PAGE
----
‘The Protectors’: Lani Bruce on why she joined #leardblockade

Lani Bruce

Lani Bruce

Lani Bruce is a qualified science teacher and mother of two boys from Sydney. A former environmental consultant, she is a proud advocate for the conservation of Australia’s forests. Lani joins peaceful protests and uses social media to raise awareness, and hopes to encourage other mothers and fathers to take action to protect Australia’s forests from mining interests. Lani is planning to start a family group for Act Up 4.

Lani Bruce

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Lani Bruce

#leardblockade

Protestors at #leardblockade

I am the mother of two sons and am qualified to teach science in secondary schools. My level of education and understanding of current local issues has developed since the year 2000 – when I voted for John Howard (a very hard thing to admit to) – till today, when I feel that the two major political parties are working for corporations, and not for the people of today or future generations.

On Monday, March 31, 2014, I proudly supported the mass walk-in at Whitehaven’s Maules Creek mine with my partner and 5-year-old son. I attended the protest to show my support for those I call ‘The Protectors’ – a group who, in my opinion, do not fit under any socially constructed labels. They deserve respect and support.

It was challenging – my family had not camped together before and I was anxious my son would miss the comfort of home. As a nurturing mother I want to ensure my children do not miss out on anything, including comfort and hygiene, yet I like to challenge myself. That morning my son made me very proud. “It’s still dark, mummy. Where are we going?” he asked, when I woke him at 4am. I told him we were going on an adventure to save the forest. He smiled at me understandingly, and that made it worth it – it is his future I am fighting for.

We were told that despite 300 submissions against the mine’s development, the project was approved. I do not understand how immediate financial gain can be a justification during a time when action on climate change needs to be taken.

We drove in a convoy of cars to act as a decoy to the main action. I didn’t feel it was right to take my son onto the mine site, where he might have witnessed people being arrested. The main action ended in over 80 arrests and stopped work at the site for the entire day.

I respect the land that sustains my fellow Australians, but can also sense its fragility. I will do whatever I have to do to protect this land from the ecocide that is occurring in north-west NSW. If that means being arrested and limiting my teaching career, then I will.

Australia is in a position where wind, solar, and other renewable energy sources could provide energy to homes and jobs forever. The Australian economy could take advantage of our educated workforce to prosper. Authentic values and science via mainstream media channels could promote a revolutionary trend to rebalance society.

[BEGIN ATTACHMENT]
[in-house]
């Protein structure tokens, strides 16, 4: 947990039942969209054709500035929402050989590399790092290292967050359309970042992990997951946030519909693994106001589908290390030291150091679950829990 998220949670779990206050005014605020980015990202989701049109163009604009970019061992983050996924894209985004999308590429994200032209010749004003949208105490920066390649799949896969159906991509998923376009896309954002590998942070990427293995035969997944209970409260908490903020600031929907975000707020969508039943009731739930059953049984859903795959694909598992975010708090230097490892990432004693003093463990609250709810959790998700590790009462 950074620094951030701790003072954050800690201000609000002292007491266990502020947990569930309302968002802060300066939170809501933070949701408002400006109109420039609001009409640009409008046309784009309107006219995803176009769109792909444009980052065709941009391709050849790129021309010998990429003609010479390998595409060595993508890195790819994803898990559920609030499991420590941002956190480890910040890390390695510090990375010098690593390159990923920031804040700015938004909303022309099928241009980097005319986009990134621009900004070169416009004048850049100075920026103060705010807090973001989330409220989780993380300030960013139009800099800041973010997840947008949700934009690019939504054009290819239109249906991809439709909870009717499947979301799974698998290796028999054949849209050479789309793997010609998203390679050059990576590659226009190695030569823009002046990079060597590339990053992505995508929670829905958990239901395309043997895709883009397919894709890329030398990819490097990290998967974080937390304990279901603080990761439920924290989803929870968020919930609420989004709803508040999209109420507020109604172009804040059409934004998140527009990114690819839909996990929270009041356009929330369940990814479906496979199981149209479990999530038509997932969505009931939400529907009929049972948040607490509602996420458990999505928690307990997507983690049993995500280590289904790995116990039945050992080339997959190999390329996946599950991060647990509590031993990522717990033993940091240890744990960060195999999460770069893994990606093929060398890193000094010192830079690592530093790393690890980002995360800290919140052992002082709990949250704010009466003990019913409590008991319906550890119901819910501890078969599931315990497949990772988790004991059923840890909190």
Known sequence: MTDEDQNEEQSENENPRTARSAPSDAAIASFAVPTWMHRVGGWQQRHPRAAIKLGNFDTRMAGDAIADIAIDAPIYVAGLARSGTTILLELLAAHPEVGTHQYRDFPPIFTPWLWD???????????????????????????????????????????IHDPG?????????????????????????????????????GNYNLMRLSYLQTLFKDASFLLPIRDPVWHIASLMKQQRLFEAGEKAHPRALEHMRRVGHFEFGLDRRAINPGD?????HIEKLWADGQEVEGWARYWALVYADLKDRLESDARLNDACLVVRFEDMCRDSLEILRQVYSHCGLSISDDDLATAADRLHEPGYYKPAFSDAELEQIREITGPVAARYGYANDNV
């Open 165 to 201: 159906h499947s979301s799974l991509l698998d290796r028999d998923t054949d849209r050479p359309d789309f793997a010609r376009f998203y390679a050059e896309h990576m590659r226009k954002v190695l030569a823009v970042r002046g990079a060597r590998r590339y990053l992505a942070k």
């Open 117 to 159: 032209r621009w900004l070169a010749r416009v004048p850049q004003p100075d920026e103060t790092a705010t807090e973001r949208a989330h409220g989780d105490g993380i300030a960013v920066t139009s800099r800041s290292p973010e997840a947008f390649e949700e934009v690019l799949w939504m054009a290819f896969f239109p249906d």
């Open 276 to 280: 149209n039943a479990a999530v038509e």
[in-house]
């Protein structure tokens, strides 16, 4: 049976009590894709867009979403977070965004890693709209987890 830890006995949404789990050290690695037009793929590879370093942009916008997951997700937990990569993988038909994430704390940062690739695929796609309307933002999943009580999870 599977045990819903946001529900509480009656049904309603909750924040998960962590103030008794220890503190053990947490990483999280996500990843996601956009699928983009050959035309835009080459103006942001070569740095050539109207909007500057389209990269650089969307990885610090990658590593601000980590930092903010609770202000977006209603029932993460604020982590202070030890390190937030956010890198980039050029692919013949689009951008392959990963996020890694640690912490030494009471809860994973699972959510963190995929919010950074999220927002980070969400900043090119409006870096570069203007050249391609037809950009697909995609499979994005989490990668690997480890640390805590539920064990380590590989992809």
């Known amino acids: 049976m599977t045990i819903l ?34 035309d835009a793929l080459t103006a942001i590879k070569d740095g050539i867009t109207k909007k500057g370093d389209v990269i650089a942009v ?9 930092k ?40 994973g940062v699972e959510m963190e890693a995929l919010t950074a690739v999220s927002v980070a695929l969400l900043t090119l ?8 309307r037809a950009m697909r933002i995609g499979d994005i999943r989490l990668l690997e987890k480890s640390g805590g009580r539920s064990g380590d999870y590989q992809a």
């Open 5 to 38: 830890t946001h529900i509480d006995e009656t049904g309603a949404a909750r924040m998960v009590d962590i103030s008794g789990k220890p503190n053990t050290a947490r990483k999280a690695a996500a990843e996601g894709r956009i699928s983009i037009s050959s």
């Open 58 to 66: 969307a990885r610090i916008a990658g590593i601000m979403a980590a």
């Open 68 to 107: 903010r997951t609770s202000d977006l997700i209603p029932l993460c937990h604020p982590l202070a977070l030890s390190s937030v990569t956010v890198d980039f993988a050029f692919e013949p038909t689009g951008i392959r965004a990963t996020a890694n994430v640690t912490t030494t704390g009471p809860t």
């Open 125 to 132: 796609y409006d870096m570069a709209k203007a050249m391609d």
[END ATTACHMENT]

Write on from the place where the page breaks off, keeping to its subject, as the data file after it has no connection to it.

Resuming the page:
I have always had an interest in nature and a preference for outdoor spaces, and maybe that makes me different to whoever may be reading this. For me the forest holds a certain sort of magic that words cannot describe. I feel a sense of shame when I see what is happening in this invaluable piece of natural forest. I do not expect everyone to agree on everything – I just want people to agree on one thing; that fossil fuel companies should stop digging up our land and cultural heritage for the sake of capitalist values. Camps like the #leardblockade are for everyone who believes in working together on the issues they feel strongly about.

A teacher gets asked many questions, and can go to a book and find the answer. My job as a teacher is to help kids understand the world in which we live, and I really enjoy doing that. When a student expresses dislike for science I find it hard to understand. How can it not fascinate and inspire everyone? Science explains what is happening around us – the amazing truth about life, energy and matter. In a generation which relies on technology for survival it’s a shame such negative attitudes exist.

I firmly believe that everyone has the right to choose what they fancy to do, as long as it does not adversely affect others. Some people dream of a waterfront home, a BMW and a boat. They could work hard to get it and people would look up to those people. They would be labelled a ‘hard worker’, ‘determined’, and people would slap them on the back with envy.

Then there is someone like me – happy with a modest house, car and canoe, and wanting to explore and admire the little that remains of Australia’s forests (roughly three per cent of what we started with).

I work hard to stop work on the mine sites with peaceful protests and I raise awareness through social media. People tend to label me as a ‘communist’, ‘hippie’ or ‘protester’. I don’t get a slap on the back and envious stares. But that is not what I do it for – I do it for myself and for my children – and to me that is all that matters. I feel blessed to have been part of the #leardblockade.

Comments

  1. Joy Cooper says:

    Thank you, Lani Bruce.

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